For many Americans, popular culture serves as the medium for translating current events and social issues. The typical American wakes up in the morning and turns on the news or grabs a newspaper to accompany them for breakfast. Later, at work or in school, they will check their emails and social networking accounts, surf the internet and listen to music. After arriving at home from a long day of work, they will watch television and go to bed with a good book. Eventually, with enough exposure from popular culture artifacts, we will begin forming a general understanding of current events and our personal opinions about them. Lately, many new concerns have arisen in our society and have not so surprisingly been translated through popular culture; this is the topic of environmental sustainability. With a rapidly increasing population, a depleting ozone layer and the threat of global warming, Americans are more immersed than ever in environmental activism. With this new sense of urgency to act, popular culture has become more intertwined with people’s environmental beliefs and values. Not a day goes by that we don’t hear about changing weather patterns, eroding beaches, and the dying off of endangered species. More and more companies are advertising themselves as environmentally conscious. Even famous musicians are collaborating and promoting awareness through their music.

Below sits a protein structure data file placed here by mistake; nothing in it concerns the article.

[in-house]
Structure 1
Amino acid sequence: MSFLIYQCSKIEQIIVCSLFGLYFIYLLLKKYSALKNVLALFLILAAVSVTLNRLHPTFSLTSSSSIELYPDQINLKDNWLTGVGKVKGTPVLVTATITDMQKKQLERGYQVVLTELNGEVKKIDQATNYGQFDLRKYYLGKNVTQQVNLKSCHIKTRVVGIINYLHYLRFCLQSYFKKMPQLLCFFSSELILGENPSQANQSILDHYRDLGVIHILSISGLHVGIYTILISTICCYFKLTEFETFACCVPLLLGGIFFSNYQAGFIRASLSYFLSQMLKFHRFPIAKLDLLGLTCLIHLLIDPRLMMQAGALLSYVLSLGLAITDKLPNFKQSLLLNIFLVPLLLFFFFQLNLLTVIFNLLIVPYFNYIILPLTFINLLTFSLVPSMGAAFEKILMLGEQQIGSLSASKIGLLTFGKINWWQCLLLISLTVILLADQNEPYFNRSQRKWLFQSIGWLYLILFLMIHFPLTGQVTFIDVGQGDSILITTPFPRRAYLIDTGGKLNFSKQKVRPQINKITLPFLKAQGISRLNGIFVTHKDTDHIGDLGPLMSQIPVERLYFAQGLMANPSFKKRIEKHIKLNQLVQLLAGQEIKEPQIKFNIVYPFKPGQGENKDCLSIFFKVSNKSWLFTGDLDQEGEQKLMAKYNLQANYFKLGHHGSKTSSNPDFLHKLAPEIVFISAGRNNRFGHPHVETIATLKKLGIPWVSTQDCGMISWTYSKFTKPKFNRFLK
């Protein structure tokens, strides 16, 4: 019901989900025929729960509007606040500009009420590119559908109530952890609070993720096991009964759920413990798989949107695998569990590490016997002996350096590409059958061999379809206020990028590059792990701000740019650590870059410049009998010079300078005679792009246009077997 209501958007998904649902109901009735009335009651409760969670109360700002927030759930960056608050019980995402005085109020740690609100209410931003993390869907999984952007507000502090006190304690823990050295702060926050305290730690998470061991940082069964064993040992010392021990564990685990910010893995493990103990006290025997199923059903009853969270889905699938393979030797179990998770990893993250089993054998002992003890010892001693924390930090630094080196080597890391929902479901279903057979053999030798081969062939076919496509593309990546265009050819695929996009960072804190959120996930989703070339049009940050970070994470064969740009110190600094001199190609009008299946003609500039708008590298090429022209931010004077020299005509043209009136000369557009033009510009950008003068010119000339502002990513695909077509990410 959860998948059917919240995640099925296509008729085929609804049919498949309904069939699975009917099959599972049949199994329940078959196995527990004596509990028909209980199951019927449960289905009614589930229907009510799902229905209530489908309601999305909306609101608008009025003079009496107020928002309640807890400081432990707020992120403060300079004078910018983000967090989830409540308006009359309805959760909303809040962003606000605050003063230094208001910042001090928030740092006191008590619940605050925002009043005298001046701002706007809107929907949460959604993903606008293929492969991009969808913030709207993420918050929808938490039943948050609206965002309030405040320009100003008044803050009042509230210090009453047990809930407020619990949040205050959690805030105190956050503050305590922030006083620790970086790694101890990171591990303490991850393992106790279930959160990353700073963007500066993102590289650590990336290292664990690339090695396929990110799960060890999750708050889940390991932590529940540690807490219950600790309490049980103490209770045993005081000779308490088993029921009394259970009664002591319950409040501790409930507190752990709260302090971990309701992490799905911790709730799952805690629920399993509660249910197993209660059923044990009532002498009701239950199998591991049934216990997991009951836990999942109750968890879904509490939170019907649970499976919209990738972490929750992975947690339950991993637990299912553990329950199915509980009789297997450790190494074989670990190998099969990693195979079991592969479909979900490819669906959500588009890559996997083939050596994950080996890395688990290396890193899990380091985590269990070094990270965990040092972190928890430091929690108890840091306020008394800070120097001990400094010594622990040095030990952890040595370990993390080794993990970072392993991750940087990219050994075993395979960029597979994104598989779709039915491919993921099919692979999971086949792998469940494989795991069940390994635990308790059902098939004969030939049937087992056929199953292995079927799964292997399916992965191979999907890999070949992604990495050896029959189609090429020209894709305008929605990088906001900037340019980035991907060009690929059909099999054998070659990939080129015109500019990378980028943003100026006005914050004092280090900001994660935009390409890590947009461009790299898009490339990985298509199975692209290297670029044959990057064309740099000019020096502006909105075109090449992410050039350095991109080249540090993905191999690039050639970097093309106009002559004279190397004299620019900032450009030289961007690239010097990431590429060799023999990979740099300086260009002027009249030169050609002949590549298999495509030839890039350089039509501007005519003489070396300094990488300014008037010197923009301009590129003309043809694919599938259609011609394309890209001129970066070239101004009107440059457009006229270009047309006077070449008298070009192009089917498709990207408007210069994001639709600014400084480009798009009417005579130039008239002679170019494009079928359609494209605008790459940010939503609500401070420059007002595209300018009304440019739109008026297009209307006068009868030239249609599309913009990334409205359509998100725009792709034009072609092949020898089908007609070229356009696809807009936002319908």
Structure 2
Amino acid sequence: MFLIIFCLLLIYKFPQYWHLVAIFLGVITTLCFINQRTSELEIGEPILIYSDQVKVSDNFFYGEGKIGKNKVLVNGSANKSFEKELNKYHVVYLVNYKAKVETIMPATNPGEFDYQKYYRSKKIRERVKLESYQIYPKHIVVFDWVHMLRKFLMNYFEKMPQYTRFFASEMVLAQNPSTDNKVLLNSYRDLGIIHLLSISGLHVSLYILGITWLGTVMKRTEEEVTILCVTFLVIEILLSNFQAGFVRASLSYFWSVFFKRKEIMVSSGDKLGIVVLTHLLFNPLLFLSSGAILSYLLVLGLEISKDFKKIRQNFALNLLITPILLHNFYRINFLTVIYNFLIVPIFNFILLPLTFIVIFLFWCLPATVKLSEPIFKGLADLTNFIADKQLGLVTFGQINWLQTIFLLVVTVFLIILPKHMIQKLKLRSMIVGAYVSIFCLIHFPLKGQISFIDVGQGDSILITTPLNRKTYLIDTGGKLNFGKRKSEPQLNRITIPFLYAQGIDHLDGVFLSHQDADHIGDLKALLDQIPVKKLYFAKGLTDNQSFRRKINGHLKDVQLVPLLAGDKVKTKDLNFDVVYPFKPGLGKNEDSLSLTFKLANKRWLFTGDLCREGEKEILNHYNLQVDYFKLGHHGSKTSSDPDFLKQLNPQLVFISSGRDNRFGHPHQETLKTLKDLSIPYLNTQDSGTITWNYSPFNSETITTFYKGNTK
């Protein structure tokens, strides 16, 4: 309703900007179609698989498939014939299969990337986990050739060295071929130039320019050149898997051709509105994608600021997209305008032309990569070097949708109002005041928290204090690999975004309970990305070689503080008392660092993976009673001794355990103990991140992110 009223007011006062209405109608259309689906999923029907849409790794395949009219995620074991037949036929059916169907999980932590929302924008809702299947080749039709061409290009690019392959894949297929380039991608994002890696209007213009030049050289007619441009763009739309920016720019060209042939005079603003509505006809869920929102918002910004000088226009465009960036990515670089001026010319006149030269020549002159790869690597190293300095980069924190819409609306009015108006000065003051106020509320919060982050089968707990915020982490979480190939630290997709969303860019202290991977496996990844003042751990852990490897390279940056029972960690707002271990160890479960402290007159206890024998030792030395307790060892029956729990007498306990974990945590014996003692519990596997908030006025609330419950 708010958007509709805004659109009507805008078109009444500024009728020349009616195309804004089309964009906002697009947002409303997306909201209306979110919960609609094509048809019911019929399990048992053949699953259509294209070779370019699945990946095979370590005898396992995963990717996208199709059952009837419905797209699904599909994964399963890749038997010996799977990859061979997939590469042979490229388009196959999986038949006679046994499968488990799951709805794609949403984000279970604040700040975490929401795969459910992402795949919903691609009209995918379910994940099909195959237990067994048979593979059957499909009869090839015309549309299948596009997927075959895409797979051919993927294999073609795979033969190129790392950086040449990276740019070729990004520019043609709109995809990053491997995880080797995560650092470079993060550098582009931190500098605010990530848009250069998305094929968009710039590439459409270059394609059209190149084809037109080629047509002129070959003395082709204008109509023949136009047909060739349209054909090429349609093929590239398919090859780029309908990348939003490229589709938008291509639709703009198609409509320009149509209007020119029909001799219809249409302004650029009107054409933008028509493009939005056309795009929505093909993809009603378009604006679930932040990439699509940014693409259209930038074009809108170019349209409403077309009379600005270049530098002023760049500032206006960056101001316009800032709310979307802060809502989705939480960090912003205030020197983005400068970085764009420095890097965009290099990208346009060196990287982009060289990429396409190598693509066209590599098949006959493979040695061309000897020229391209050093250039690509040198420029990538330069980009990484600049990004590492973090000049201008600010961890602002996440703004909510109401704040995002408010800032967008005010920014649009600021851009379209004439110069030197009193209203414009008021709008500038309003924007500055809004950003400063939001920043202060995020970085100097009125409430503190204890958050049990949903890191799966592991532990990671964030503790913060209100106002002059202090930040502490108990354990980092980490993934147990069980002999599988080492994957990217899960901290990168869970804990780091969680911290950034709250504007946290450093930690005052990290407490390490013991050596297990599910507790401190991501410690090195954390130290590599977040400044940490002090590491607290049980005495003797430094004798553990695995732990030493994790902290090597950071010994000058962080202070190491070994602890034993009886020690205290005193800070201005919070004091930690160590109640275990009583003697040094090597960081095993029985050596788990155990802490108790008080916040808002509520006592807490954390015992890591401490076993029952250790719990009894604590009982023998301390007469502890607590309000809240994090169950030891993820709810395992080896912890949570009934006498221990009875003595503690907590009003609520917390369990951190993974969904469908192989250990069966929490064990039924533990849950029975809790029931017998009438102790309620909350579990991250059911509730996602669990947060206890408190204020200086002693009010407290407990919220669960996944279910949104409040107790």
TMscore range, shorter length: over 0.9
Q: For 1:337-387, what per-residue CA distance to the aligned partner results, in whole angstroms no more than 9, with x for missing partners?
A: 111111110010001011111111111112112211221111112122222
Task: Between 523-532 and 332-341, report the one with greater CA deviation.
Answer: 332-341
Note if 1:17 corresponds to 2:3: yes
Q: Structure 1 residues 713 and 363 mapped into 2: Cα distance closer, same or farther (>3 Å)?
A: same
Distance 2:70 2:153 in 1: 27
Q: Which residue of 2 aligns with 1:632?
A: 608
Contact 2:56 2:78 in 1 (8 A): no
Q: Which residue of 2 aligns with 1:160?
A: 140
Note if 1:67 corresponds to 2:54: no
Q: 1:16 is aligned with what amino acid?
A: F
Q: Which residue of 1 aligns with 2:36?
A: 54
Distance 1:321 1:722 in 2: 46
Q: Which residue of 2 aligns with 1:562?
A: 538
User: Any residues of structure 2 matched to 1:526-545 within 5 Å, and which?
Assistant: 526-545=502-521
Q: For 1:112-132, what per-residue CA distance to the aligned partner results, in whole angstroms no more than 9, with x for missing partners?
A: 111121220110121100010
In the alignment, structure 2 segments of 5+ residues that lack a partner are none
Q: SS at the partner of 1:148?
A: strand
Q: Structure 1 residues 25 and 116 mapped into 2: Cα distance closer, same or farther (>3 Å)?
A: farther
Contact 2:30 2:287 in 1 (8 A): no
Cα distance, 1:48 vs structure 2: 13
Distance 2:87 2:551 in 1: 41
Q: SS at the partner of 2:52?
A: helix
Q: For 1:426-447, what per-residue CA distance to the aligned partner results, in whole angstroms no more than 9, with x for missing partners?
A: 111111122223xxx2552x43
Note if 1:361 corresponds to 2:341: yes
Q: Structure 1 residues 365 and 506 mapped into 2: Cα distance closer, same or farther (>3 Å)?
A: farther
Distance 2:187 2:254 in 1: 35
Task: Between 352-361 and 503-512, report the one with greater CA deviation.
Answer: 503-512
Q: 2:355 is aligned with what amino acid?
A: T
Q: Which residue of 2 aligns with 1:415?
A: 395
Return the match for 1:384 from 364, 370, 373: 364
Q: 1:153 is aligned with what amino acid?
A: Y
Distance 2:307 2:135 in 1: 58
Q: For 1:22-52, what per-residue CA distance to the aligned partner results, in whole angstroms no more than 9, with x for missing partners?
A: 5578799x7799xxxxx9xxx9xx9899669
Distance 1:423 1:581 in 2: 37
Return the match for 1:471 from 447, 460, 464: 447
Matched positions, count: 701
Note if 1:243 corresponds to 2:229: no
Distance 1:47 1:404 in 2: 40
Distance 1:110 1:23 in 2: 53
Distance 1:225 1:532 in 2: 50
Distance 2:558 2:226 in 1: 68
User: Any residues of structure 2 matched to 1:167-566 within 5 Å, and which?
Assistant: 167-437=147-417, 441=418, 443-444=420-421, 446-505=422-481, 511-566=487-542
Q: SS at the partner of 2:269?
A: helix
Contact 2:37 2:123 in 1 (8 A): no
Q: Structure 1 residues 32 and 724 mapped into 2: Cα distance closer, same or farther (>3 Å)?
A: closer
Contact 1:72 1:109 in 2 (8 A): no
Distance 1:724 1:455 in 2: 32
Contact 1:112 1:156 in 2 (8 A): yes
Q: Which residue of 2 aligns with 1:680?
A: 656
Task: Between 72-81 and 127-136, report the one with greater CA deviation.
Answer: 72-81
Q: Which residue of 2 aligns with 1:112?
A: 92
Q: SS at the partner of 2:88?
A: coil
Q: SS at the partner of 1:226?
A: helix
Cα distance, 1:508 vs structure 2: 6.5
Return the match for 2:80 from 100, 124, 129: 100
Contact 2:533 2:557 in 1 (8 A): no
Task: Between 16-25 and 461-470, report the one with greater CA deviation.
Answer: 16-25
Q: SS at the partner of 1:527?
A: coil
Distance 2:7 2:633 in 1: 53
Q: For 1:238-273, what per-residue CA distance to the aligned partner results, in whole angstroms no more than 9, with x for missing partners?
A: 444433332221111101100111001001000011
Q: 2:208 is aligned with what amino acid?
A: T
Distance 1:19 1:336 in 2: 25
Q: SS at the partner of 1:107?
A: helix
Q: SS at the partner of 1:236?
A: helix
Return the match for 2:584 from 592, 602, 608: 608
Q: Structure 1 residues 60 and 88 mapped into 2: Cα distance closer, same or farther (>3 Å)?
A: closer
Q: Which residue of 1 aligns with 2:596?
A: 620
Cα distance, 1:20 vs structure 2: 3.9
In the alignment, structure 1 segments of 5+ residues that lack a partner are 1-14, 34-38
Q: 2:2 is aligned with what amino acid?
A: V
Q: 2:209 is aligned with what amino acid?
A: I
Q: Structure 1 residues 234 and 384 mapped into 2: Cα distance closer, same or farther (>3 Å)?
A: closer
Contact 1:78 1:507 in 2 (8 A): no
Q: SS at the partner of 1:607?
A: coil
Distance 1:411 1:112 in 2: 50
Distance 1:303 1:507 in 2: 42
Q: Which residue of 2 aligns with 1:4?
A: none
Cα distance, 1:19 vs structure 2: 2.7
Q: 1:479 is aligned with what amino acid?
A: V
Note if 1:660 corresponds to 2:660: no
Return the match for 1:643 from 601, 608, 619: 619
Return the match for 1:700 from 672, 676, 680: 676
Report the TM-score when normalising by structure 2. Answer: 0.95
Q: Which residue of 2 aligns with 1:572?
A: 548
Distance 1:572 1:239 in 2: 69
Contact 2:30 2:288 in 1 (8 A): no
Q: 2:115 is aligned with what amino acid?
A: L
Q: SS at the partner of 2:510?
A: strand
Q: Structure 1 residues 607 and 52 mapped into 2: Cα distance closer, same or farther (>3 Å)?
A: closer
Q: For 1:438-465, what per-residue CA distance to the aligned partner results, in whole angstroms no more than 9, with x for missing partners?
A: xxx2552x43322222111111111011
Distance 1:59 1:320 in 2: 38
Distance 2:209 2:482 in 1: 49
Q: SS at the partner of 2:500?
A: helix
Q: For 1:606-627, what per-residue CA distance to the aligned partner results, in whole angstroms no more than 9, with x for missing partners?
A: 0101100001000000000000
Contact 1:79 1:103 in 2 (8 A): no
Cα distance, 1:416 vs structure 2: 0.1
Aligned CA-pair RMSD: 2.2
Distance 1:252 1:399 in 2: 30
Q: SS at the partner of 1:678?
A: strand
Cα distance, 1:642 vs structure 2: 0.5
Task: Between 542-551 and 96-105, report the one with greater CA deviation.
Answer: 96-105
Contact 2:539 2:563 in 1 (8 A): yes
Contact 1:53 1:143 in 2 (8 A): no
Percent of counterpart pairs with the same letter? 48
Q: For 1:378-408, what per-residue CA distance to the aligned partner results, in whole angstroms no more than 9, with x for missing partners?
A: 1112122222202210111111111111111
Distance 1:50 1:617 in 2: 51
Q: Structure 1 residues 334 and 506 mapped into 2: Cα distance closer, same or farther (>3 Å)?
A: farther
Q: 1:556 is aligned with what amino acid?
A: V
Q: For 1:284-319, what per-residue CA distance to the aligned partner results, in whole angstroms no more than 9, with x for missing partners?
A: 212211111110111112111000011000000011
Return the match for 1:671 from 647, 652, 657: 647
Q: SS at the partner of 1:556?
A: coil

But the question is, is this just a fad? Is this just another way for large corporation to capitalize on the paranoia of society as a whole? The answer is absolutely not. These events and crises have been scientifically proven. Though many businesses and corporations will use their new awareness as a marketing scheme (maybe even promising more than they can provide), it is a movement in the right direction. This is an instance where popular culture is being used as a tool to promote positive change. The power of mass media is unmatched.